To get the housekeeping out of the way first, if you haven't already voted in the poll, please take a moment to do so. At the time of writing this, it's still too close to call. It's not like I'll feel bound by any result either way - I have to decide if I have the time and energy to maintain a second site, after all - but it's interesting to get a gauge on how you all feel.
Call of the Herald is the first part in Brian Rathbone's Dawning of Power Trilogy. The complete trilogy is available as a trade paperback; so far, only the first part is in audio format, and this available free from Podiobooks.com.Call of the Herald tells the tale of Catrin, a young girl thrust into a life of legend and prophecy when the quiet world she knew is changed forever.
Rathbone builds a haunting, immersive land of fog and mystery, meticulously building towards the unraveling of that world as the chapters unfold. He writes with care and attention to the finer details of Godsland, his fantasy world, and the characters that inhabit it. Listening to this audiobook, I was hungry for a bit more pace, but when Rathbone does bring on the action, he does so with the same refined skill and grace with which he has constructed his world. Without the methodical buildup, the climactic sequences would have seemed hollow. This is the fine art of world-building at its best.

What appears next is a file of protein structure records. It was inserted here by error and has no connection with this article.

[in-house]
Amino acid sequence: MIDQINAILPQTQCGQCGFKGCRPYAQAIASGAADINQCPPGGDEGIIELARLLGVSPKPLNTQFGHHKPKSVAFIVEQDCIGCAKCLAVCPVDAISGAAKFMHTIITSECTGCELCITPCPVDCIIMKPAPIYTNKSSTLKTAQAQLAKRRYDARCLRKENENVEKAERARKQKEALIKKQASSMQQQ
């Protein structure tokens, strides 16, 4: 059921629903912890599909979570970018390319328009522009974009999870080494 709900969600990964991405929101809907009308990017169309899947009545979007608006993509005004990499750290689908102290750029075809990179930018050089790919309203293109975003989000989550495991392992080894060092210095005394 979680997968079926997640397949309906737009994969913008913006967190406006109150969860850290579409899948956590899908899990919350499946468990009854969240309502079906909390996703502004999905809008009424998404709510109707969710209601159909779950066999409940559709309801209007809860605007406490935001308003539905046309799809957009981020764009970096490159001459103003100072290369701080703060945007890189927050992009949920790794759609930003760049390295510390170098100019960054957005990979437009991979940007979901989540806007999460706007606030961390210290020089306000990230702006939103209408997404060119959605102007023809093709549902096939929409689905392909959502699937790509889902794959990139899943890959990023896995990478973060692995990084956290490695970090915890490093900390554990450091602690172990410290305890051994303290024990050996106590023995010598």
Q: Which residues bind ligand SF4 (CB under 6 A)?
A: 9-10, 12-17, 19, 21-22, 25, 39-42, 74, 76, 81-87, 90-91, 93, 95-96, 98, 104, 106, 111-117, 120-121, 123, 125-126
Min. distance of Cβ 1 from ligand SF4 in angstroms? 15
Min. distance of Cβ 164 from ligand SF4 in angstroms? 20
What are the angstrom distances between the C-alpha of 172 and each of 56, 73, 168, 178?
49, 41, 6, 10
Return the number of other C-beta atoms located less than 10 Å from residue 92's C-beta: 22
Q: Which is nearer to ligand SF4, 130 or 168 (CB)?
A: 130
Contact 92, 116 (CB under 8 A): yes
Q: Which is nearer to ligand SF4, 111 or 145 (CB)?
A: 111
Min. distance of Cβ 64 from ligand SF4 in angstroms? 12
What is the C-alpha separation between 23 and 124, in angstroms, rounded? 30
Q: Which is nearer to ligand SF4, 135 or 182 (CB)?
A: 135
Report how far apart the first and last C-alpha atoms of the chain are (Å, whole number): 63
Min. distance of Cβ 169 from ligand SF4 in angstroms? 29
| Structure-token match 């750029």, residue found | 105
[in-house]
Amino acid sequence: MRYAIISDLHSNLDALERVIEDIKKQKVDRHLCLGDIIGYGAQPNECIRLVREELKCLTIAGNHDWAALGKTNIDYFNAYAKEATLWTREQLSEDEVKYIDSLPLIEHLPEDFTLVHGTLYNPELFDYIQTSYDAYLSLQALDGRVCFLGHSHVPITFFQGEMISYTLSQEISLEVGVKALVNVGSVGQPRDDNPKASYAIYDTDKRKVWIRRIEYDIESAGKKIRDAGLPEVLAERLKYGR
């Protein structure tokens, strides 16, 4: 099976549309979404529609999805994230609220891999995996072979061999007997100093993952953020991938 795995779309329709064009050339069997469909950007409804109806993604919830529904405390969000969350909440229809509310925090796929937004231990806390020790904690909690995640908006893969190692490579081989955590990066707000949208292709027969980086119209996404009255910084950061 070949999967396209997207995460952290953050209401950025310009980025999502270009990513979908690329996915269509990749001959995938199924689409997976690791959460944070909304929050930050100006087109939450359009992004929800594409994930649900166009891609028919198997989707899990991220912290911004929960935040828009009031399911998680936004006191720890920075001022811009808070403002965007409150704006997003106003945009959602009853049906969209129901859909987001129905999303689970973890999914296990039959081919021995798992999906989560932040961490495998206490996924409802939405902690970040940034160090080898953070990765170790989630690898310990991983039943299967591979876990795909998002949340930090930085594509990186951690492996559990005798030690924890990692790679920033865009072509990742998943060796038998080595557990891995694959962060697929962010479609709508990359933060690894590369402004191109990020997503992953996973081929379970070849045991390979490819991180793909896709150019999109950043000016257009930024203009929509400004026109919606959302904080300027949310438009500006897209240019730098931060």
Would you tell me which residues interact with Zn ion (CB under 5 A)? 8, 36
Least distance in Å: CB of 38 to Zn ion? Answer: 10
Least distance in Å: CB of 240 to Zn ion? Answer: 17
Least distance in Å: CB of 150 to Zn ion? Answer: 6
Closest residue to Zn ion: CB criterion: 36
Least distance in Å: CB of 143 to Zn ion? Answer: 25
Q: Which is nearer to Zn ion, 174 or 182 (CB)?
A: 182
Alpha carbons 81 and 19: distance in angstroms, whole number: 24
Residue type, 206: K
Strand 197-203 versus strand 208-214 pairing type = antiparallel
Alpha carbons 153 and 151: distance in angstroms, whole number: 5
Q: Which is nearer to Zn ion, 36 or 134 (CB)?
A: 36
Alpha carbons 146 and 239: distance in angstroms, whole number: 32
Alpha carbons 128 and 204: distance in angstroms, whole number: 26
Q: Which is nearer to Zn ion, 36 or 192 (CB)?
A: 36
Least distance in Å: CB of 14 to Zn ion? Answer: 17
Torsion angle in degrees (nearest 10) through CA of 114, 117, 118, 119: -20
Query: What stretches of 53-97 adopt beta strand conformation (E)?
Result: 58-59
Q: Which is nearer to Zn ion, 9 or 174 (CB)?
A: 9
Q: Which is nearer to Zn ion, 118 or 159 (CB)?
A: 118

The audio production is clean and clear. Rathbone never misses a beat in his crisp narration, and lets the prose carry the flow of his characters' voices. He has also chosen, for this recording, not to use any effects, music, or ambience, so the work relies very much on both his delivery and the weight of the writing for its effect. On this subject, Rathbone has a very soothing voice, which may at times be more relaxing than is good for the listener's focus. More than once I found I had to skip back because I had been lulled away from the story by the gentle timbre of Rathbone's voice rumbling away in my ear.
Call of the Herald took a bit of time to get into, but I was rewarded for sticking with it. The story finds its pace about halfway, and is unputdownable once it really gets going.
Overall, this is a fine effort in the fantasy genre, and I would have to give it a confident 3 1/2 Stars out of 5. I'll be looking forward to hearing future installments of the trilogy, and if the books were to cross my path I'd probably get my hands on them, if only to see if they read differently in my head without Rathbone's crooning voice to carry the words.
One thing I will say is that, unlike almost every podcast novel I've listened to, Rathbone doesn't plug his own site at all, which, while refreshing, is a shame. It is only tonight, as I skim over his site, that I see there are maps of Godsland for readers to look at, which would have made the listening experience a lot clearer. Maps are a critical part of the fantasy genre, and it is a skilled writer indeed who can write fantasy without recourse to a map in the front of the book - it's also one of the things we fantasy fans gobble up hungrily. It is a credit to Rathbone's writing that I made it right through Call of the Herald without ever seeing these maps, and never felt lost. Maybe a quick word in the intro or sign-off to check out the website for maps and artwork would have enhanced my experience of the audiobook.
Well done, Brian, on a great book and a fine audio production. Looking forward to your next offering.